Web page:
Another warm spring day, you wait almost a year for one then several come along all at once, bliss. It was a biodynamic fruit day, to which Allan had left some intriguing packets of seeds/beans and sweet corn before flying off to Denmark.
Nancy and Rose made furrows in the soil and practiced their newly learnt knot tying skills on twine (before rose eventually cut her finger on the blade of the pen knife..). Then buried the seed and watered them in.
Bean – ‘Gold of Bacau’
Bush snap bean – ‘Calos favorit’
Pole bean – ‘Carre de Caen’
Corn – ‘Madam Parching lavender’
The peas planted last weekend are already showing, it seems miraculous that such a hard dried seed can swell, split, germinate and push leaves up through the hard crust of the soil then reach towards the sun in such a short span of time.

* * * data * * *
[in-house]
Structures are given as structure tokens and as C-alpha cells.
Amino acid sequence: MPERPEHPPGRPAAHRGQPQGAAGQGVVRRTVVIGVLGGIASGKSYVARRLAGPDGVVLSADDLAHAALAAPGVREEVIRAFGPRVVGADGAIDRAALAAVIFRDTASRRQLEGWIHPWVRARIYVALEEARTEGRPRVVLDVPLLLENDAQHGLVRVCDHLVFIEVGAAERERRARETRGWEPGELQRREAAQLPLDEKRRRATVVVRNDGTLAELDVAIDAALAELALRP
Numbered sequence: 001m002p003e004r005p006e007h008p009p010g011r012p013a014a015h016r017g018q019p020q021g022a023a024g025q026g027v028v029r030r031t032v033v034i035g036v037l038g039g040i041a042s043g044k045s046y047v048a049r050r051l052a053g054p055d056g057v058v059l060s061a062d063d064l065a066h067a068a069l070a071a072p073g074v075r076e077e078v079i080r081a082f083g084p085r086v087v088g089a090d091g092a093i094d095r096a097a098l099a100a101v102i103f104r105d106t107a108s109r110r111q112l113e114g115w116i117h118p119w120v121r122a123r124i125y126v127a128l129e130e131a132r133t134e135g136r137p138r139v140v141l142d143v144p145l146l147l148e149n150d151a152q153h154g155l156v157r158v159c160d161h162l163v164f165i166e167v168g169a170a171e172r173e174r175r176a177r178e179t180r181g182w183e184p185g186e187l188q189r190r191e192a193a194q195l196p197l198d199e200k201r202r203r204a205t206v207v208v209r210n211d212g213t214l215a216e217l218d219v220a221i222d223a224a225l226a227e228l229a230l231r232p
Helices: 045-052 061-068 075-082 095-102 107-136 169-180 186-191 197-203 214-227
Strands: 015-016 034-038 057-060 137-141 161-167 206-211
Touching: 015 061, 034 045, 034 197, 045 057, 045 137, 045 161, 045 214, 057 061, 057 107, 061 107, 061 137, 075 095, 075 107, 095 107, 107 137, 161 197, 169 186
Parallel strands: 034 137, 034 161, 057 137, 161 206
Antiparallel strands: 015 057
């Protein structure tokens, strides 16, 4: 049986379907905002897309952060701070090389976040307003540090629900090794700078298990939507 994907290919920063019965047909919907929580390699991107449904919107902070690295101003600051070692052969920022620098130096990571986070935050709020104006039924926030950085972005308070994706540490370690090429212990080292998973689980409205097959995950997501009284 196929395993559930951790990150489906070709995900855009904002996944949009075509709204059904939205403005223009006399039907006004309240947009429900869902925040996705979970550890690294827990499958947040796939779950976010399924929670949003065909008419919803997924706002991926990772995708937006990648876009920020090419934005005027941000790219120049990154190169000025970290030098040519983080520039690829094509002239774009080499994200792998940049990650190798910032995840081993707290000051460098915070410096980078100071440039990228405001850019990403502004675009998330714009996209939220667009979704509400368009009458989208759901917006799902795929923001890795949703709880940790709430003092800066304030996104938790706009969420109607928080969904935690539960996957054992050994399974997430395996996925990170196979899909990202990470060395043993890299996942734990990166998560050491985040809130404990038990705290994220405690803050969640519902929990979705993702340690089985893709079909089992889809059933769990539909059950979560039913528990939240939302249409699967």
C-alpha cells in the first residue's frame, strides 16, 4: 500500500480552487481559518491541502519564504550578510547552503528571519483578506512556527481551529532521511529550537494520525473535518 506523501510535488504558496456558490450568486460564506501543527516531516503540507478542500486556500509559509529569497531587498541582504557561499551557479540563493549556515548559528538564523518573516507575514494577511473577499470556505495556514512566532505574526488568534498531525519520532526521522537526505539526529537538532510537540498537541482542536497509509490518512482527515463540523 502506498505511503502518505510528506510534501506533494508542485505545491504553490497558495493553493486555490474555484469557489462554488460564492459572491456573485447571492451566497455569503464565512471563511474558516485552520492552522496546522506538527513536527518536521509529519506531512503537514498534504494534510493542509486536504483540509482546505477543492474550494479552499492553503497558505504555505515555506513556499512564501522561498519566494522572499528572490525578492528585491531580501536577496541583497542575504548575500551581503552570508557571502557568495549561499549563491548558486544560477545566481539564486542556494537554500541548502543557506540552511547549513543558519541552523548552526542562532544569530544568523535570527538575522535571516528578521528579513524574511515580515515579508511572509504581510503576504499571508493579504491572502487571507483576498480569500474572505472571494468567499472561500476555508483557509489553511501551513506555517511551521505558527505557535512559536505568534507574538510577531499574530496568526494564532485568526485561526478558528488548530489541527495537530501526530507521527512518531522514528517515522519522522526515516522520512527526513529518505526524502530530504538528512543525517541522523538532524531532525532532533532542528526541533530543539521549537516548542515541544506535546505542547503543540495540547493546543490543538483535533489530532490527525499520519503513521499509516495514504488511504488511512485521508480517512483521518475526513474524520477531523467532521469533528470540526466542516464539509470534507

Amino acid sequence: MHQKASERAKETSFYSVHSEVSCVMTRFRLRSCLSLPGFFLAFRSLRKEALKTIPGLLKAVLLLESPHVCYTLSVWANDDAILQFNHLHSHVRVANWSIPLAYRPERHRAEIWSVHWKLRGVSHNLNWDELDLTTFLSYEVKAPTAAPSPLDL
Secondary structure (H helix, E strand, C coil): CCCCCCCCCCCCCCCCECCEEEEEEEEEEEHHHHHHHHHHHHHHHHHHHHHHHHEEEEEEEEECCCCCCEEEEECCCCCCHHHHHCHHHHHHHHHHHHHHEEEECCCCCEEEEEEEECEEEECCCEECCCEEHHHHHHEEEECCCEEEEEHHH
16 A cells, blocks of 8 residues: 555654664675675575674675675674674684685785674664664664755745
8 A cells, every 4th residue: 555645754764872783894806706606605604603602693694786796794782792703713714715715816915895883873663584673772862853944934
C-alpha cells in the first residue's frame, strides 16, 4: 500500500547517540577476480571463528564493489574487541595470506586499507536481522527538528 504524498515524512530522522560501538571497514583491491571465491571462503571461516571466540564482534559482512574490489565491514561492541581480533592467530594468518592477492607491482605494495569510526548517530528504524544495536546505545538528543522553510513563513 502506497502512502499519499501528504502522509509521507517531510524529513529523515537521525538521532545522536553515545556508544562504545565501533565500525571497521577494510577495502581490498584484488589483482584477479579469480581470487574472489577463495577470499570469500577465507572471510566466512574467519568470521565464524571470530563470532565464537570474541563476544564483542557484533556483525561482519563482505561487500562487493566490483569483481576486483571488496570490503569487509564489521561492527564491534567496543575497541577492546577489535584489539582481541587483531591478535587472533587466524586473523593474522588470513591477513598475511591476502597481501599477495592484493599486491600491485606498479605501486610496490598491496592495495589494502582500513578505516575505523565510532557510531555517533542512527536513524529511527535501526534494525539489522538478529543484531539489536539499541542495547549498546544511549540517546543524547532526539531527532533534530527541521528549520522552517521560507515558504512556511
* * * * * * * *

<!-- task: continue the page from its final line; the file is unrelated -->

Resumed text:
The plot was brimming with the new shoots of hope. Seedlings pushing through everywhere: chard, rocket, calendula, kale and mustard, (at home seed trays are sprouting salads, sweet peas, tomatoes, and more chards).
The bareness of just a couple of weeks ago now seems unimaginable. Though I just returned from a trip to Northumberland and Yorkshire where everything was still looking very Februaryish.
The broad beans are in flower but seem particularly diminutive in stature, I’m still hoping they will go through a growth spurt, though it doesn’t seem likely.
The warm of the sun has drained the dark purples from the ‘Red Treviso’ endives that made it through the winter, now reverting to green and readying themselves to make their masts of blue starry flowers (I will make a risotto with one tonight).
Nancy and Rose explored the ponds, discovering to their excitement, that the frogs spawn had already turned into a squirming mass of of jet black tadpoles.